That is not the "thing". If it becomes a factor in some divorces, and its the same for these other differences, I don't know that its unethical to mention them. If it is unethical to discourage marriage on the basis of race no matter what the reason, then it should be equally unethical to bring mention culture, class and creeds that are also mentioned. Rather than being racist, it must be the over-arching idea behind it that has nothing to do with race that may or may not be ethical.

To say that people should look to marry people who they find to have similar interests and communicate well with them is one thing. To say that people should avoid marrying people from other races is another one.
Is it not the same discussion? Does race not have any impact on a person's life and have any effect on how people relate to each other or communicate? The matter seems to not be about whether it SHOULD be a factor but whether it in fact IS a factor, considering its apparently statistically backed.
Think about it this way: what is the best approach to lower the incidence of drunk driving? Is it to discourage people from driving? If not, why not?

Well, dealing with statistics, reducing the amount of drivers wouldn't effect the ratio of drunk driving incidences. I'm not sure I'm following.

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Which takes us to the Church's statement on interracial marriages as a promoter of a certain societal form. Think about it, GG. If your (African-American) daughter was in loved with a white gentleman and he loved her back, would you discourage her to marry him because he was from another race? What would you think appropriate to say, GG?

I wouldn't "discourage" her per se, but I'd want both my daughter and her fiance to be realistic and at least consider some of the difficulties that might arise, particularly in relation to different cultures, and make sure these would not be an issue for them in their relationship to each other and to their families. I state again, it is foolhardy not to consider these beforehand. If you think there aren't cultural or familial differences that could impact a couple, then you aren't being realistic.

I have a family member who is in a mixed marriage and very happy... but they went in with realistic expectations and attitudes.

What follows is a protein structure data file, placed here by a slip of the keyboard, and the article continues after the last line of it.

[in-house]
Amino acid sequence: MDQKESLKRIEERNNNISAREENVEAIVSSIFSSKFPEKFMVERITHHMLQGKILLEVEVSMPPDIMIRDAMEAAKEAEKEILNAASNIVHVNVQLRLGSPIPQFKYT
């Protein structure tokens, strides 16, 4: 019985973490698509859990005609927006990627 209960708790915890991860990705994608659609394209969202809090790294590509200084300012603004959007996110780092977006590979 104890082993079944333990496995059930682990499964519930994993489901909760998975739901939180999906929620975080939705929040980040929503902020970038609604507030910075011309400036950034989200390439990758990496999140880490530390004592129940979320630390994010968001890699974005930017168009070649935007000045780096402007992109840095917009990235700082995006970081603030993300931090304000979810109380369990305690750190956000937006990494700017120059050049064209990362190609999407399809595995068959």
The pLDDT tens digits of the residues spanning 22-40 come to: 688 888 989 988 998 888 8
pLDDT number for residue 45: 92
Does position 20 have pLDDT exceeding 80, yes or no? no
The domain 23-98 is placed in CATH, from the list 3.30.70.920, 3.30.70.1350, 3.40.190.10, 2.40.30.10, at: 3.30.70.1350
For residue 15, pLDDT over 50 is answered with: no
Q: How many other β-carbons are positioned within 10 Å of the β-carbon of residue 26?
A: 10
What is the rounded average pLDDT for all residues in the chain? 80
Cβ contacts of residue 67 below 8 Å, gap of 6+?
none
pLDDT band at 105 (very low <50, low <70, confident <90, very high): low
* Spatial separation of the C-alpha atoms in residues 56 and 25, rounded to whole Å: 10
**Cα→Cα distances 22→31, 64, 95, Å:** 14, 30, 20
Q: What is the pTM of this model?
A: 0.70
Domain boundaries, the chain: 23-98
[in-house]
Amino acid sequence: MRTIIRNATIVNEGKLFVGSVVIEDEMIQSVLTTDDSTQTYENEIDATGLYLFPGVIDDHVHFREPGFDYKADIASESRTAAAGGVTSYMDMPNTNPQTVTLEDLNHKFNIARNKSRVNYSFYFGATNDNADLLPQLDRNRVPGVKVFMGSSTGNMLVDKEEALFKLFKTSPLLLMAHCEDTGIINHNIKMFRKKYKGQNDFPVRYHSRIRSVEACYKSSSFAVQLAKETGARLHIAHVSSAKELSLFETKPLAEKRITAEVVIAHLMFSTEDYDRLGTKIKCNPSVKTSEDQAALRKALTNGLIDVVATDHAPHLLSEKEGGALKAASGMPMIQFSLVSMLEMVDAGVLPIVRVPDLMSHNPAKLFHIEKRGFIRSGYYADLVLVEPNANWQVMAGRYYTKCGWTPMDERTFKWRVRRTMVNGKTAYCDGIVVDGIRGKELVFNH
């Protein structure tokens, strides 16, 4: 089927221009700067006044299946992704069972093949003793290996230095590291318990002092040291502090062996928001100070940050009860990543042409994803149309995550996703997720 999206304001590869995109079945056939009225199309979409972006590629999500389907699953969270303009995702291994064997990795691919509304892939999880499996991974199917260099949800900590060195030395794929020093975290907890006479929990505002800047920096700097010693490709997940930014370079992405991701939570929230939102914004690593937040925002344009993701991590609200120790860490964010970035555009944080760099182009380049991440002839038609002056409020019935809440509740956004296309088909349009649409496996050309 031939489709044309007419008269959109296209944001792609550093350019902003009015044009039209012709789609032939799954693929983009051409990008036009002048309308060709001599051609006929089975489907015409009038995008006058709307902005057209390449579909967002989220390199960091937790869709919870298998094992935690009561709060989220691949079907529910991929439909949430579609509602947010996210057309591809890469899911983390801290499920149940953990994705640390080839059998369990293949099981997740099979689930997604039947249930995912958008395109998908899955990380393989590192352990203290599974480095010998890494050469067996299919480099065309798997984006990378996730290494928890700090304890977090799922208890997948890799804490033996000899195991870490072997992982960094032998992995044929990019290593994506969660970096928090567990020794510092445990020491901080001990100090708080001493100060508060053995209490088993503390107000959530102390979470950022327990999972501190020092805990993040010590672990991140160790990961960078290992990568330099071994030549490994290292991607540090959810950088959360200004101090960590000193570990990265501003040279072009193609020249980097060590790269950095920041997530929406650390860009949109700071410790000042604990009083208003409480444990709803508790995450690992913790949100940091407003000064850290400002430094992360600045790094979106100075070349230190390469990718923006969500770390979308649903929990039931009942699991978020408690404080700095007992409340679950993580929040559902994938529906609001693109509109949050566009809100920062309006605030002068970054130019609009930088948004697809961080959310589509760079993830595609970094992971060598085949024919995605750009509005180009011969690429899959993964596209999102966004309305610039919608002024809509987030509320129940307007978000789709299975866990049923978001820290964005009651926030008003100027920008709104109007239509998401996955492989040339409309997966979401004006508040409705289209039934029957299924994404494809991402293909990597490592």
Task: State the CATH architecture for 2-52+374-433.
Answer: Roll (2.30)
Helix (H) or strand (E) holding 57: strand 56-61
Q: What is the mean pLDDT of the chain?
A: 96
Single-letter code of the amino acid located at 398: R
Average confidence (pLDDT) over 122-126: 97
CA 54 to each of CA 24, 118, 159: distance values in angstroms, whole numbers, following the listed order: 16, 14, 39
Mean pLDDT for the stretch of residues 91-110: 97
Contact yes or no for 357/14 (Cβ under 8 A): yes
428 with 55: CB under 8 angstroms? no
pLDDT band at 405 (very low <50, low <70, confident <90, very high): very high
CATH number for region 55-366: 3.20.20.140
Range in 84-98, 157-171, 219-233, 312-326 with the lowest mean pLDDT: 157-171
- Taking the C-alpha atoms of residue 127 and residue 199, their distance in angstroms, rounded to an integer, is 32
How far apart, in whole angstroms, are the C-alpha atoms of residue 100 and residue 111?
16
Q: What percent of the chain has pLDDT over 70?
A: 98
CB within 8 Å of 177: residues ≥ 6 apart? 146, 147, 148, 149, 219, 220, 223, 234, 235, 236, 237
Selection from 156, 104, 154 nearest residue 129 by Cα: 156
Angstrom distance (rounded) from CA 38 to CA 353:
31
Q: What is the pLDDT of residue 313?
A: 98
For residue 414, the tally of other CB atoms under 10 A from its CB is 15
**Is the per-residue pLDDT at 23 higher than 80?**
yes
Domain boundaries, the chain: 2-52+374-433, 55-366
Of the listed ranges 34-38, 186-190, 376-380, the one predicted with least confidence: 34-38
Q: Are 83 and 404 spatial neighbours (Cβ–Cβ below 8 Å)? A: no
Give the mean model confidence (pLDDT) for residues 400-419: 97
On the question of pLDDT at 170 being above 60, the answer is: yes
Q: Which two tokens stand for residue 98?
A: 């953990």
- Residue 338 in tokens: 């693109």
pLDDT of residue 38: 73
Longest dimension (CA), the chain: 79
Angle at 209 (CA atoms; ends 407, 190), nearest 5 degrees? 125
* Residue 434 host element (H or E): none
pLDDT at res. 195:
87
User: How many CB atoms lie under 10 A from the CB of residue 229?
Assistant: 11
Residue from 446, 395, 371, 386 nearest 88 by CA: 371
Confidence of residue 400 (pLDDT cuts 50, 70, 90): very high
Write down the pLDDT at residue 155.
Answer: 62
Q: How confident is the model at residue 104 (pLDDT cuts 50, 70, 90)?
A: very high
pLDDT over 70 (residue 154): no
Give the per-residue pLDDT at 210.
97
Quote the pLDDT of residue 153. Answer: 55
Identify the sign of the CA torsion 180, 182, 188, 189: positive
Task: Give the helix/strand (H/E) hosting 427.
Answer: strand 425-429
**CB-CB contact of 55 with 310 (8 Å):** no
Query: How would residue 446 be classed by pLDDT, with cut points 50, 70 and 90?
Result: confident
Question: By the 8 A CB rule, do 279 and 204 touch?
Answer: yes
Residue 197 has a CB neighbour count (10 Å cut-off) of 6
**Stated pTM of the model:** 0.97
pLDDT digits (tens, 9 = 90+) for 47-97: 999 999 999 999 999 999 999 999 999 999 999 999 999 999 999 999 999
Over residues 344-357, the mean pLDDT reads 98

GG

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I posted this:

"We are grateful that this one survey reveals that about 90 percent of the temple marriages hold fast."

This is surely no longer true today, if it ever was. Mormon temple divorces in Utah at least are c. equal to the general divorce rate.

I have no idea why the modern Church would continue to teach this, other than an effort to correct the appalling divorce rate in temple marriages. If so, it seems to me a counterproductive approach; since the world at large is blending cultures and so-called races more and more....

QB is quite ignorant, but in the event he is not, I'm willing to concede the point . . .

assuming QB can produce a source that supports his assertion.

And, yes, this means this is an official, Board Rules Certifiable, CFR.

I am the source. I live in SLC. Granted, not all of it at the same time. I've seen temple divorces go from almost nil to about half of the marriages I know of. Not original marriages, mind, but c. half of total marriages, including previous or subsequent temple marriages. A factoid I have believed for many years is that c. 25% of original marriages fail (nationwide); if you are divorced and remarry you have roughly 50/50 in your second marriage; and if you've divorced more than once, any subsequent marriages have a c. 80% chance of failing. I don't remember where I heard that or if it's still "true" or not. And I have no way of checking Mormon temple marriages beyond the first stage, i.e. I do not keep tabs on all the people I have known who had failed temple marriages....

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I posted this:

This is surely no longer true today, if it ever was. Mormon temple divorces in Utah at least are c. equal to the general divorce rate.

I have no idea why the modern Church would continue to teach this, other than an effort to correct the appalling divorce rate in temple marriages. If so, it seems to me a counterproductive approach; since the world at large is blending cultures and so-called races more and more....

I am the source. I live in SLC. Granted, not all of it at the same time. I've seen temple divorces go from almost nil to about half of the marriages I know of. Not original marriages, mind, but c. half of total marriages, including previous or subsequent temple marriages. A factoid I have believed for many years is that c. 25% of original marriages fail (nationwide); if you are divorced and remarry you have roughly 50/50 in your second marriage; and if you've divorced more than once, any subsequent marriages have a c. 80% chance of failing. I don't remember where I heard that or if it's still "true" or not. And I have no way of checking Mormon temple marriages beyond the first stage, i.e. I do not keep tabs on all the people I have known who had failed temple marriages....